Changes in diaphragmatic EMG spectra during hyperpneic loads

Gary C. Sieck, Asher Mazar, Michael J. Belman

Research output: Contribution to journalArticlepeer-review

26 Scopus citations


Changes in electromyographic (EMG) activity of the diaphragm were examined in human subjects during different levels of voluntary hyperpnea. Diaphragmatic EMG was recorded using both surface and esophageal electrodes. The power spectra density (PSD) of the EMG signal was calculated and characterized by the high frequency to low frequency (H/L) ratio and by the centroid frequency (Fc). During high levels of voluntary hyperpnea, a significant decrease in both the H/L ratio and Fc occurred, which was similar in diaphragmatic EMG recorded by either surface or esophageal electrodes. This similarity in EMG spectral changes suggested thath when diaphragmatic EMG was recorded usuing surface electrodes, there was only minimal contamination from the activity of other chest wall muscles. Changes in EMG Fc were detected during levels of hyperpnea which could be readily sustained. Thus, diaphragmatic EMG spectral changes were not characteristic of imminent ventilaltory failure (i.e., an inability to sustain a target level of ventilation). On contrast, significant changes in EMG H/L ratio were observed only during hyperpneic loads which could not be sustained. This difference in sensitivity between the Fc and H/L ratio was due to the increased variability of H/L ratio and suggests that the H/L ratio may fail to detect small but significant shifts in EMG spectra. The relationship between the rate of decrease in EMG Fc and the level of hyperpnea was not statistically significant. We conclude that diaphragmatic EMG spectral changes do occur during hyperpneic loads, but we question the specificity of using diaphragmatic EMG spectral changes in predicting ventilatory failure.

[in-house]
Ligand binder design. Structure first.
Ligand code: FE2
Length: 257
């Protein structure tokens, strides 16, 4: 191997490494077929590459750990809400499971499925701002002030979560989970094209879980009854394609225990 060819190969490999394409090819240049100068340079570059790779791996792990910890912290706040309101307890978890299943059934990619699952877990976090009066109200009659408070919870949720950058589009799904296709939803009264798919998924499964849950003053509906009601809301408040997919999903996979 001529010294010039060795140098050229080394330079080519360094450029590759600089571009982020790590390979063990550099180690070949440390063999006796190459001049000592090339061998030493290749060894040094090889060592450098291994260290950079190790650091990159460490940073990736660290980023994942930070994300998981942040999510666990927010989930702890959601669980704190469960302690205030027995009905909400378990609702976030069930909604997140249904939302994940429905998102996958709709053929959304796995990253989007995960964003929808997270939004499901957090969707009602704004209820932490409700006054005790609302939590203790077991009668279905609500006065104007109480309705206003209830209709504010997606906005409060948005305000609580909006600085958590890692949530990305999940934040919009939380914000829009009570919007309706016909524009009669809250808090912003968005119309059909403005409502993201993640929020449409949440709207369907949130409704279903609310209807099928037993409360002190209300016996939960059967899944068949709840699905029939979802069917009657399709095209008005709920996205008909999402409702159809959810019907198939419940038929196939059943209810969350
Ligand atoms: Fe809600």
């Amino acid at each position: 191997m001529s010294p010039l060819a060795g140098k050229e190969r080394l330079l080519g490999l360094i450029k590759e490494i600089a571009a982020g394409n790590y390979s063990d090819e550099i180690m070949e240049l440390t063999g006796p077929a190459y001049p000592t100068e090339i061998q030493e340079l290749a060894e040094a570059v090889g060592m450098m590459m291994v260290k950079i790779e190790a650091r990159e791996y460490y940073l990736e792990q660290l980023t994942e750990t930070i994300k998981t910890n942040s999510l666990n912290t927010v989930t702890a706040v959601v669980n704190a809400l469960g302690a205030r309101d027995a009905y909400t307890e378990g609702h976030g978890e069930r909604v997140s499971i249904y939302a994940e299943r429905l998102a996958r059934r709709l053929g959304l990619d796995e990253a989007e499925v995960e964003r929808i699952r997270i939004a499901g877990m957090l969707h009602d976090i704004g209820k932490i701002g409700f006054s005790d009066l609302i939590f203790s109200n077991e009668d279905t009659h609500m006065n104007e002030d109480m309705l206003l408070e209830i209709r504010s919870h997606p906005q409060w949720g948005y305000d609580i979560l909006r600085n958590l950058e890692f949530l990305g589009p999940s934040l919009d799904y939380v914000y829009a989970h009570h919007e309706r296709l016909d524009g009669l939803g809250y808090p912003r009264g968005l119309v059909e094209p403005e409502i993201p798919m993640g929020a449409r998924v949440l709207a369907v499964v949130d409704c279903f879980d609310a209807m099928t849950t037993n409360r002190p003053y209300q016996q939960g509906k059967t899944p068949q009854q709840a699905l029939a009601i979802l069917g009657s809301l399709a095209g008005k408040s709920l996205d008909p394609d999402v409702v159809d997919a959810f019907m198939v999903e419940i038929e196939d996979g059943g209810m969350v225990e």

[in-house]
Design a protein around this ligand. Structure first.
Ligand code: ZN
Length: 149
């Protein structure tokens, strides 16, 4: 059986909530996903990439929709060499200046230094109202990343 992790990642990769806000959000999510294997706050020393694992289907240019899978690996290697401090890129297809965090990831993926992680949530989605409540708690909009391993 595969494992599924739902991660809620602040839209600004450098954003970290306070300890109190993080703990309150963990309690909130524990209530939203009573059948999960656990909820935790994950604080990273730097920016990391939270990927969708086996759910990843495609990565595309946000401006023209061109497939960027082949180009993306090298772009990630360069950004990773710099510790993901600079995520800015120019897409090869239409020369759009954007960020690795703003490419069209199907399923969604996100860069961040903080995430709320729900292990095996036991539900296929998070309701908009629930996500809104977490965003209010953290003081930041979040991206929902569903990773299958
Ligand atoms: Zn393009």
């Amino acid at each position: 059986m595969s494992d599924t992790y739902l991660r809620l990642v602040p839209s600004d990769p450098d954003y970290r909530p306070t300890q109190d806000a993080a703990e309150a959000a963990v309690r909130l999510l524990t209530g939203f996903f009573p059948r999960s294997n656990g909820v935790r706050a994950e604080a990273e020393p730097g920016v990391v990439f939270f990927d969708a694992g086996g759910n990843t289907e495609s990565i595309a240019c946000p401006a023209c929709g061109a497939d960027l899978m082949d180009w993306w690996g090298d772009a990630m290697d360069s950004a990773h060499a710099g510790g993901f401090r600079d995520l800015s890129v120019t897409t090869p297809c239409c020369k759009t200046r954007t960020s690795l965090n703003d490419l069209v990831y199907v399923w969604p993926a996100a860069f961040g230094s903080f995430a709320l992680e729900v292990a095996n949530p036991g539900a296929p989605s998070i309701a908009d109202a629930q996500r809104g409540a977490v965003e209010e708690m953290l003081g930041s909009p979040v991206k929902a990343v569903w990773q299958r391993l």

Original languageEnglish (US)
Pages (from-to)137-152
Number of pages16
JournalRespiration Physiology
Issue number2
StatePublished - Aug 1985


  • Centroid frequency
  • Diaphragm
  • Electromyogram
  • Human
  • Hyperpnea

ASJC Scopus subject areas

  • Physiology
  • Pulmonary and Respiratory Medicine


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